Every investor in Lincoln Electric Holdings, Inc. (NASDAQ:LECO) should be aware of the most powerful shareholder groups. Generally speaking, as a company grows, institutions will increase their ownership. Conversely, insiders often decrease their ownership over time. Companies that used to be publicly owned tend to have lower insider ownership.
With a market capitalization of US$6.2b, Lincoln Electric Holdings is rather large. We'd expect to see institutional investors on the register. Companies of this size are usually well known to retail investors, too. Taking a look at our data on the ownership groups (below), it seems that institutions own shares in the company. Let's delve deeper into each type of owner, to discover more about Lincoln Electric Holdings.
What Does The Institutional Ownership Tell Us About Lincoln Electric Holdings?
Many institutions measure their performance against an index that approximates the local market. So they usually pay more attention to companies that are included in major indices.
As you can see, institutional investors have a fair amount of stake in Lincoln Electric Holdings. This can indicate that the company has a certain degree of credibility in the investment community. However, it is best to be wary of relying on the supposed validation that comes with institutional investors. They too, get it wrong sometimes. It is not uncommon to see a big share price drop if two large institutional investors try to sell out of a stock at the same time. So it is worth checking the past earnings trajectory of Lincoln Electric Holdings, (below). Of course, keep in mind that there are other factors to consider, too.
Since institutional investors own more than half the issued stock, the board will likely have to pay attention to their preferences. Lincoln Electric Holdings is not owned by hedge funds. Looking at our data, we can see that the largest shareholder is The Vanguard Group, Inc. with 9.7% of shares outstanding. Meanwhile, the second and third largest shareholders, hold 9.3% and 6.6%, of the shares outstanding, respectively.
After doing some more digging, we found that the top 13 have the combined ownership of 50% in the company, suggesting that no single shareholder has significant control over the company.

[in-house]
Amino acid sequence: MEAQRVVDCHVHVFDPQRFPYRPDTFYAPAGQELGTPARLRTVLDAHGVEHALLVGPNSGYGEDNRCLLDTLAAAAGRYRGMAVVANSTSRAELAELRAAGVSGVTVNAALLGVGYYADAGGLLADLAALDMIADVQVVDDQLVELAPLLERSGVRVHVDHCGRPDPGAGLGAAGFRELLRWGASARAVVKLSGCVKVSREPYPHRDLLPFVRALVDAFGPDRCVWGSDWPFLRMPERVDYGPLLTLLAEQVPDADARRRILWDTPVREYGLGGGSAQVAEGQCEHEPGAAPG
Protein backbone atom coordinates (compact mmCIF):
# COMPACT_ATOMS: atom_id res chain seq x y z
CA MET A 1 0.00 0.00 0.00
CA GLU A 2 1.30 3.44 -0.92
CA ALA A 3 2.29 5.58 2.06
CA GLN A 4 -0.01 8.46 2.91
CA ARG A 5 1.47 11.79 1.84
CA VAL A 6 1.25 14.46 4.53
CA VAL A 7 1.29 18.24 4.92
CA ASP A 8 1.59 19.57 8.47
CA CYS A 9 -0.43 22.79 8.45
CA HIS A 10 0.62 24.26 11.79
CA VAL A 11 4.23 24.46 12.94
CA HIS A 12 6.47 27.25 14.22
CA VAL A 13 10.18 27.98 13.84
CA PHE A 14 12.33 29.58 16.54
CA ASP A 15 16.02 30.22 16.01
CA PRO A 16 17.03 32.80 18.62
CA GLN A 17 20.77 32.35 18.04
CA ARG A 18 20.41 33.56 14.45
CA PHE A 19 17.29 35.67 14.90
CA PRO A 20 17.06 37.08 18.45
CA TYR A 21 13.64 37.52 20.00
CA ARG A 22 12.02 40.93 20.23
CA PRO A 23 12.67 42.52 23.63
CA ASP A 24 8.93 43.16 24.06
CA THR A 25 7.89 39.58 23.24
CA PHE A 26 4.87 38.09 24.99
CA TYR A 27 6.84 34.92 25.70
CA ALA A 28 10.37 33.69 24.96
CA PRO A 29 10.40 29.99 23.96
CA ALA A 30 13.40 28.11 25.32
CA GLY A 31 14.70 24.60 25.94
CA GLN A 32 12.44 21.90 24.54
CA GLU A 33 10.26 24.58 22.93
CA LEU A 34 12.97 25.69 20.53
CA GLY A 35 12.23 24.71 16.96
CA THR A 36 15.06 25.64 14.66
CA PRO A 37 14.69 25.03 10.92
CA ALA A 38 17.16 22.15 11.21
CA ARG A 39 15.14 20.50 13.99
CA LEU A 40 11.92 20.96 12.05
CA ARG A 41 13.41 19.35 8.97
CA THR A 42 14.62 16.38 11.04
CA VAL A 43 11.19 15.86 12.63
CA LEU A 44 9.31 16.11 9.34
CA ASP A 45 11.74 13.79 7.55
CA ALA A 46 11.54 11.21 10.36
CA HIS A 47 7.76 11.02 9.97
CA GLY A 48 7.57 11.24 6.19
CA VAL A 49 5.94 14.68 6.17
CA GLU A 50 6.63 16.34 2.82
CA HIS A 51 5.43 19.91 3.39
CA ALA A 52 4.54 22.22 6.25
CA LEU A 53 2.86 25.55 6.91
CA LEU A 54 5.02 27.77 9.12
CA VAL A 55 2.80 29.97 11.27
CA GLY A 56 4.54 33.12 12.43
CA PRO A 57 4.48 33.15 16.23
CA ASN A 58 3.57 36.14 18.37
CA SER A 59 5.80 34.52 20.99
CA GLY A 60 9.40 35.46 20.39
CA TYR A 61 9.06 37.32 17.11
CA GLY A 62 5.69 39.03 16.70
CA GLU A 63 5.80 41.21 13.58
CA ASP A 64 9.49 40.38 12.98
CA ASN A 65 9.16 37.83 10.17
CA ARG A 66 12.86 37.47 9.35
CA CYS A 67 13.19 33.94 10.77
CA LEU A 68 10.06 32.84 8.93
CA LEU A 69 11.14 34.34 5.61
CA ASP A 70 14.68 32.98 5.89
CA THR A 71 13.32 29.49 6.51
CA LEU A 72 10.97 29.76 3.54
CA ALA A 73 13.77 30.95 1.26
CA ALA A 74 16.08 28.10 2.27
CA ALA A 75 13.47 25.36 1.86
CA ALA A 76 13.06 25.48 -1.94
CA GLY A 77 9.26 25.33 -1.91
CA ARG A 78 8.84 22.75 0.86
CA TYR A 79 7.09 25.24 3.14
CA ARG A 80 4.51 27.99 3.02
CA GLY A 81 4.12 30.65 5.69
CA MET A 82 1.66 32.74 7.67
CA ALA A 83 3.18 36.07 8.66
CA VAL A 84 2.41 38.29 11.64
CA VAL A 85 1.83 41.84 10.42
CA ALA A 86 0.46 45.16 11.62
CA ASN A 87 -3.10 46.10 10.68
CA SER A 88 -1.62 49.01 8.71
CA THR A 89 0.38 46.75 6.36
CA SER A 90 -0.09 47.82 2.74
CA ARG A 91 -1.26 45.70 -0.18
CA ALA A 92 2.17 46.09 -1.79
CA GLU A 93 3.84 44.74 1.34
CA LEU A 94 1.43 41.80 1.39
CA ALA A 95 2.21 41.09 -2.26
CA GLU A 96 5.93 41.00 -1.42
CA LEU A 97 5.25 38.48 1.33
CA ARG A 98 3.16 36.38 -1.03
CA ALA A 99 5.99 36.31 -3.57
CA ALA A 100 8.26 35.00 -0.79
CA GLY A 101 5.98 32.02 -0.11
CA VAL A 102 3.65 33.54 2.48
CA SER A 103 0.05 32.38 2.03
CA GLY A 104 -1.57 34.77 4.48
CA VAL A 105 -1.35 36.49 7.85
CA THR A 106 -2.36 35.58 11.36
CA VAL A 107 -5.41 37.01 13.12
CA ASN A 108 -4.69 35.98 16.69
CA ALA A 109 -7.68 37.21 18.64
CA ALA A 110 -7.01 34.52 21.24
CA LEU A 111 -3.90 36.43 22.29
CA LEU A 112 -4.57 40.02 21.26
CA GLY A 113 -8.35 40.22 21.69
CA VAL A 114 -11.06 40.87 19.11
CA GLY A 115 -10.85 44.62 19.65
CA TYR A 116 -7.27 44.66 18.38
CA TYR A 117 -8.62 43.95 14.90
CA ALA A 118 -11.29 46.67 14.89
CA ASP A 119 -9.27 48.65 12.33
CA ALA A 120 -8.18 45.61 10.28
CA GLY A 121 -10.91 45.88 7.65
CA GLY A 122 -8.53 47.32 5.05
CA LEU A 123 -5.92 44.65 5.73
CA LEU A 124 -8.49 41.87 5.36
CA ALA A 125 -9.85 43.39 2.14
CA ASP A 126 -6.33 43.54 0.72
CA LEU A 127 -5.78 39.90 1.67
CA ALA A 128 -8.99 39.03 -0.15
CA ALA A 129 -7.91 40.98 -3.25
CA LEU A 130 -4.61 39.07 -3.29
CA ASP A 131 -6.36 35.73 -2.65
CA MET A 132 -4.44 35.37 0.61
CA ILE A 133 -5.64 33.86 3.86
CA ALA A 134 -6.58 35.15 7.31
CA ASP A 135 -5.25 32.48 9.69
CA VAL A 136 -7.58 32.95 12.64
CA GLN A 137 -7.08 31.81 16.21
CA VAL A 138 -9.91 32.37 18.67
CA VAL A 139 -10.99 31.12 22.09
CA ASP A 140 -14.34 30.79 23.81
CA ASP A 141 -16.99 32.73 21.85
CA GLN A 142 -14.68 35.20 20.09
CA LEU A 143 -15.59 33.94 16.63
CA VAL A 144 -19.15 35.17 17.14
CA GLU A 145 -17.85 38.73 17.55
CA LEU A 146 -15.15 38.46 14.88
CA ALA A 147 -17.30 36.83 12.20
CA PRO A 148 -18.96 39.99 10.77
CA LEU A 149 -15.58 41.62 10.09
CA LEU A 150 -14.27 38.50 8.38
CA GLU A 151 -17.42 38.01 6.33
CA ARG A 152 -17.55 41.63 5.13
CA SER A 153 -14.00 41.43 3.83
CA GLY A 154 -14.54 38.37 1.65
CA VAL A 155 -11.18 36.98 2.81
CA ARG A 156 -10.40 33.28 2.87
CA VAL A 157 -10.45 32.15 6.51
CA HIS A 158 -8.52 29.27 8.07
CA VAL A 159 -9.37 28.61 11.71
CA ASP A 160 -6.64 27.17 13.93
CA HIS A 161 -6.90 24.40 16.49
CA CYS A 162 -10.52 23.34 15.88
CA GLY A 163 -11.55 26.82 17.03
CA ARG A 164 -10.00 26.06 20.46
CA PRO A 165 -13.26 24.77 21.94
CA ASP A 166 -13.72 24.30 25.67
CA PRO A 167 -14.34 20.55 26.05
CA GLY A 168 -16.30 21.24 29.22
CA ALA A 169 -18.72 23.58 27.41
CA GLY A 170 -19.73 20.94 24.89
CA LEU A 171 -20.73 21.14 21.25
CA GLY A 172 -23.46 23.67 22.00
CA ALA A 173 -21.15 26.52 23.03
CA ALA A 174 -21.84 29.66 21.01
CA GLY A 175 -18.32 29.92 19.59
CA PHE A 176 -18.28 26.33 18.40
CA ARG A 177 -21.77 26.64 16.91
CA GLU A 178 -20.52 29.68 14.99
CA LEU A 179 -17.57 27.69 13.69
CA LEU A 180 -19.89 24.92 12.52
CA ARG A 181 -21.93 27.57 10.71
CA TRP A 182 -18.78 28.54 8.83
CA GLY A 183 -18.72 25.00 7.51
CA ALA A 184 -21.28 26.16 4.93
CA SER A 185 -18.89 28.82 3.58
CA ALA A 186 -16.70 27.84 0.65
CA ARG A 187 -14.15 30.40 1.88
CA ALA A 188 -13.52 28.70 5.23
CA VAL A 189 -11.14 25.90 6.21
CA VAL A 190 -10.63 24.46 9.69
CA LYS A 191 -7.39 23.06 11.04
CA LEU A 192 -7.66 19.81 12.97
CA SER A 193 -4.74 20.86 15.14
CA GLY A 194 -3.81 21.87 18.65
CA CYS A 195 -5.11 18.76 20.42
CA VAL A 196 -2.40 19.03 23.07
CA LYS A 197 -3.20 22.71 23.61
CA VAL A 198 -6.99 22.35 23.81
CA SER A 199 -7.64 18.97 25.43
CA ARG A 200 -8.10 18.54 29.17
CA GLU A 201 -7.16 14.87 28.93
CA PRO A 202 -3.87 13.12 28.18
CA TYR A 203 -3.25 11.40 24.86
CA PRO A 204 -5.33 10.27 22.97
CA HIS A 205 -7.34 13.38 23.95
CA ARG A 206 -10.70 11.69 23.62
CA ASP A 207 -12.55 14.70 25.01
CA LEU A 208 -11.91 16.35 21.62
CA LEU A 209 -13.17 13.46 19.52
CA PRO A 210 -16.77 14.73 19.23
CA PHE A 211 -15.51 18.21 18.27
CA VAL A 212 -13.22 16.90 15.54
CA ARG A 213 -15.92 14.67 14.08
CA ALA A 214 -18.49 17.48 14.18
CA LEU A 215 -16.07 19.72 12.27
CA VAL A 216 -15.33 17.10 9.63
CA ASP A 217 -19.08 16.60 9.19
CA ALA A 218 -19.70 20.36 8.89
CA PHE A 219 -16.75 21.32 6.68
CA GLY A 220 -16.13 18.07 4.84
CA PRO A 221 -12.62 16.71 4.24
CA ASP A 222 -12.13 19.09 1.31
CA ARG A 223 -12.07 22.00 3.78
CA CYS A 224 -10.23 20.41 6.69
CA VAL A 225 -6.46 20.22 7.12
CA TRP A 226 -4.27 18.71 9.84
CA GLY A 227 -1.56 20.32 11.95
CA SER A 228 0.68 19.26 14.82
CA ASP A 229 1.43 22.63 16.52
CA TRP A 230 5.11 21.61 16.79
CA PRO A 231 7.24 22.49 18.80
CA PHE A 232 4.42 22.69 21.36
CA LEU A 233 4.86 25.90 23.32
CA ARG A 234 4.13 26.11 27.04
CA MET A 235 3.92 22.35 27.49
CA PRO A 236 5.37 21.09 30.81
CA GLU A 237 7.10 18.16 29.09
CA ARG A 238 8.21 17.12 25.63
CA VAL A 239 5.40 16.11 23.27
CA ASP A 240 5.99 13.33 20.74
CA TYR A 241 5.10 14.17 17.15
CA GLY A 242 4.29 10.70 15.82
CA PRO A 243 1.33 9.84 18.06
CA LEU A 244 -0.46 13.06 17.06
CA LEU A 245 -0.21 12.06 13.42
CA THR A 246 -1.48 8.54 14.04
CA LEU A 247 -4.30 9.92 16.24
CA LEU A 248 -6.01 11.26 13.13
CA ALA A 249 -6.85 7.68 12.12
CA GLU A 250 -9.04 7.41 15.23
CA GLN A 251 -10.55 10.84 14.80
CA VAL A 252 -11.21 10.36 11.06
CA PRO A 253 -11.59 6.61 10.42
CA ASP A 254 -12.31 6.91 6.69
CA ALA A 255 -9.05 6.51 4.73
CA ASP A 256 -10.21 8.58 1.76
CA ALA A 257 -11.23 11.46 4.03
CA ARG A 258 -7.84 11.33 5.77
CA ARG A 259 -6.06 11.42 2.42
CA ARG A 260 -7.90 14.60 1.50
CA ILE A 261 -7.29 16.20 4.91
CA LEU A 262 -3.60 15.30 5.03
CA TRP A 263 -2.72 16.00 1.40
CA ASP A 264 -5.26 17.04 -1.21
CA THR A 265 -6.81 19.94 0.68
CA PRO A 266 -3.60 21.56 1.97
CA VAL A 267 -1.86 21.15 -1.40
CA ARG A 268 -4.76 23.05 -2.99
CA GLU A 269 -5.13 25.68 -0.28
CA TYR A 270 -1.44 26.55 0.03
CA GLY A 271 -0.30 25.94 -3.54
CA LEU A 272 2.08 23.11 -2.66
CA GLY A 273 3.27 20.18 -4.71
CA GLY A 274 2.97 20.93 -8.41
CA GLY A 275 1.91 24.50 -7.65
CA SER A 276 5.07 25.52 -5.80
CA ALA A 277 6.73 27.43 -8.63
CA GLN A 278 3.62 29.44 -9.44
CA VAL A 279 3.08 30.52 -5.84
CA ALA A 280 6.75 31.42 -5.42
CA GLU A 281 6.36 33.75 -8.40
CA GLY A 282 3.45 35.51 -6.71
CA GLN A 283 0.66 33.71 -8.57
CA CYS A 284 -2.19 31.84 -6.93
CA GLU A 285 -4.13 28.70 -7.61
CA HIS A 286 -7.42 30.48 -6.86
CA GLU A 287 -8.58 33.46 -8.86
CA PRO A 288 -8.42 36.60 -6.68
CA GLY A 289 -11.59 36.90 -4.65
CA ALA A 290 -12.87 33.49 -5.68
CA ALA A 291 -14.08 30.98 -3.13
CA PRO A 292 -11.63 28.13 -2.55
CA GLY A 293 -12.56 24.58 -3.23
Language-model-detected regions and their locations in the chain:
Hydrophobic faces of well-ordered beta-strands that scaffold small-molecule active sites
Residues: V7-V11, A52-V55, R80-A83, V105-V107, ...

While studying institutional ownership for a company can add value to your research, it is also a good practice to research analyst recommendations to get a deeper understand of a stock's expected performance. There are plenty of analysts covering the stock, so it might be worth seeing what they are forecasting, too.
Insider Ownership Of Lincoln Electric Holdings
The definition of company insiders can be subjective and does vary between jurisdictions. Our data reflects individual insiders, capturing board members at the very least. Management ultimately answers to the board. However, it is not uncommon for managers to be executive board members, especially if they are a founder or the CEO.
Most consider insider ownership a positive because it can indicate the board is well aligned with other shareholders. However, on some occasions too much power is concentrated within this group.
Our most recent data indicates that insiders own some shares in Lincoln Electric Holdings, Inc.. The insiders have a meaningful stake worth US$99m. Most would see this as a real positive. Most would say this shows alignment of interests between shareholders and the board. Still, it might be worth checking if those insiders have been selling.
General Public Ownership
The general public holds a 19% stake in Lincoln Electric Holdings. While this group can't necessarily call the shots, it can certainly have a real influence on how the company is run.
While it is well worth considering the different groups that own a company, there are other factors that are even more important. Take risks for example - Lincoln Electric Holdings has 2 warning signs we think you should be aware of.
Ultimately the future is most important. You can access this free report on analyst forecasts for the company.
NB: Figures in this article are calculated using data from the last twelve months, which refer to the 12-month period ending on the last date of the month the financial statement is dated. This may not be consistent with full year annual report figures.
This article by Simply Wall St is general in nature. It does not constitute a recommendation to buy or sell any stock, and does not take account of your objectives, or your financial situation. We aim to bring you long-term focused analysis driven by fundamental data. Note that our analysis may not factor in the latest price-sensitive company announcements or qualitative material. Simply Wall St has no position in any stocks mentioned.
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